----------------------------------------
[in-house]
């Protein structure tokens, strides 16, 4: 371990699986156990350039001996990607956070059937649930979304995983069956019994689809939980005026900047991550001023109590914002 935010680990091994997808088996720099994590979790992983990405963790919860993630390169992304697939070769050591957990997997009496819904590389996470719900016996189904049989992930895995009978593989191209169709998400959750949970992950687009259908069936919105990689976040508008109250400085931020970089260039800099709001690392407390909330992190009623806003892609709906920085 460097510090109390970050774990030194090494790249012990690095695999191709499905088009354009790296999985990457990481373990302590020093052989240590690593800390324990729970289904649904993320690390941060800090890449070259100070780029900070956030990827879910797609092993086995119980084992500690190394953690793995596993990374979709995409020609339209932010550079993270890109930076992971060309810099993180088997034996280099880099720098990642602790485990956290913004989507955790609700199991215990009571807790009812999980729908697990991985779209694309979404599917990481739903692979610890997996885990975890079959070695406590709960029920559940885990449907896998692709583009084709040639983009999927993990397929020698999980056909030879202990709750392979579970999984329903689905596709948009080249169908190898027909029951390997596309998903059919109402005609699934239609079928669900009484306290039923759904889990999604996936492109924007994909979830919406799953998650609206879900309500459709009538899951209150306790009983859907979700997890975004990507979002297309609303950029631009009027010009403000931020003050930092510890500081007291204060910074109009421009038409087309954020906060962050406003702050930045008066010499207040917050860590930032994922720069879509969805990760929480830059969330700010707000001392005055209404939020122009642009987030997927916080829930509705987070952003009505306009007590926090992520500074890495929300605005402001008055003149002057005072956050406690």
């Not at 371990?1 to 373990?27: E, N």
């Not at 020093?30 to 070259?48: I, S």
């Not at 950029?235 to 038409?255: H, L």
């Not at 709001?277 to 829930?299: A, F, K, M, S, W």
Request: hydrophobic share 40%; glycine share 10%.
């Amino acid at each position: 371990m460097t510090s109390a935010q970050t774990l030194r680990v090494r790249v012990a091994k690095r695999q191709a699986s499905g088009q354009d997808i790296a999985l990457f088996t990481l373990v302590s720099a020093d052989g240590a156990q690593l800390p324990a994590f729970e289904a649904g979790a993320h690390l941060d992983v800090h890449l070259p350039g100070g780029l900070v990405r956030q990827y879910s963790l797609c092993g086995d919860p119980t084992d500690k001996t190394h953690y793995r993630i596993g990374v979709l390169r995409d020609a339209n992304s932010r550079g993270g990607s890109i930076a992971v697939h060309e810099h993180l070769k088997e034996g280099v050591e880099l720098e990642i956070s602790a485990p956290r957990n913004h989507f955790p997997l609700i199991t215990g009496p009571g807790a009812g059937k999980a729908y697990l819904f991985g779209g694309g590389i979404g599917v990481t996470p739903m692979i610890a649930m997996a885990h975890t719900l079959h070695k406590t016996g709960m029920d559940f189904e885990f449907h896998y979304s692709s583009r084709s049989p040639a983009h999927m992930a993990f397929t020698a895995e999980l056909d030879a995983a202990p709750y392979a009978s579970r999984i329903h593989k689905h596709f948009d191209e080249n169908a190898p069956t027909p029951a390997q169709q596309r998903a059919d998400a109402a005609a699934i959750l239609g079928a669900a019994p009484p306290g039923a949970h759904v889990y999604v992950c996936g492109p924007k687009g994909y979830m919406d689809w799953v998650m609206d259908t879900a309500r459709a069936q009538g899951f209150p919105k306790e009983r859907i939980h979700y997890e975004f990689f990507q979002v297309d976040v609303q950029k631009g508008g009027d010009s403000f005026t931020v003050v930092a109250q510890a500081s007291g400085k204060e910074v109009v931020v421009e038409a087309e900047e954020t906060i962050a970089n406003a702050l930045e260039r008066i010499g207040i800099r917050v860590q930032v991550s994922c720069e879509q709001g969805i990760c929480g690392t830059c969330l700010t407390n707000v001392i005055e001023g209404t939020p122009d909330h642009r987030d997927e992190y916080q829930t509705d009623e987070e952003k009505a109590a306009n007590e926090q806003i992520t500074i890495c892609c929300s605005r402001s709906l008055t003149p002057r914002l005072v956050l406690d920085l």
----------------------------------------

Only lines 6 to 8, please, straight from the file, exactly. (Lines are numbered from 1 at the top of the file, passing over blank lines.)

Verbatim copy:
């Not at 709001?277 to 829930?299: A, F, K, M, S, W």
Request: hydrophobic share 40%; glycine share 10%.
């Amino acid at each position: 371990m460097t510090s109390a935010q970050t774990l030194r680990v090494r790249v012990a091994k690095r695999q191709a699986s499905g088009q354009d997808i790296a999985l990457f088996t990481l373990v302590s720099a020093d052989g240590a156990q690593l800390p324990a994590f729970e289904a649904g979790a993320h690390l941060d992983v800090h890449l070259p350039g100070g780029l900070v990405r956030q990827y879910s963790l797609c092993g086995d919860p119980t084992d500690k001996t190394h953690y793995r993630i596993g990374v979709l390169r995409d020609a339209n992304s932010r550079g993270g990607s890109i930076a992971v697939h060309e810099h993180l070769k088997e034996g280099v050591e880099l720098e990642i956070s602790a485990p956290r957990n913004h989507f955790p997997l609700i199991t215990g009496p009571g807790a009812g059937k999980a729908y697990l819904f991985g779209g694309g590389i979404g599917v990481t996470p739903m692979i610890a649930m997996a885990h975890t719900l079959h070695k406590t016996g709960m029920d559940f189904e885990f449907h896998y979304s692709s583009r084709s049989p040639a983009h999927m992930a993990f397929t020698a895995e999980l056909d030879a995983a202990p709750y392979a009978s579970r999984i329903h593989k689905h596709f948009d191209e080249n169908a190898p069956t027909p029951a390997q169709q596309r998903a059919d998400a109402a005609a699934i959750l239609g079928a669900a019994p009484p306290g039923a949970h759904v889990y999604v992950c996936g492109p924007k687009g994909y979830m919406d689809w799953v998650m609206d259908t879900a309500r459709a069936q009538g899951f209150p919105k306790e009983r859907i939980h979700y997890e975004f990689f990507q979002v297309d976040v609303q950029k631009g508008g009027d010009s403000f005026t931020v003050v930092a109250q510890a500081s007291g400085k204060e910074v109009v931020v421009e038409a087309e900047e954020t906060i962050a970089n406003a702050l930045e260039r008066i010499g207040i800099r917050v860590q930032v991550s994922c720069e879509q709001g969805i990760c929480g690392t830059c969330l700010t407390n707000v001392i005055e001023g209404t939020p122009d909330h642009r987030d997927e992190y916080q829930t509705d009623e987070e952003k009505a109590a306009n007590e926090q806003i992520t500074i890495c892609c929300s605005r402001s709906l008055t003149p002057r914002l005072v956050l406690d920085l």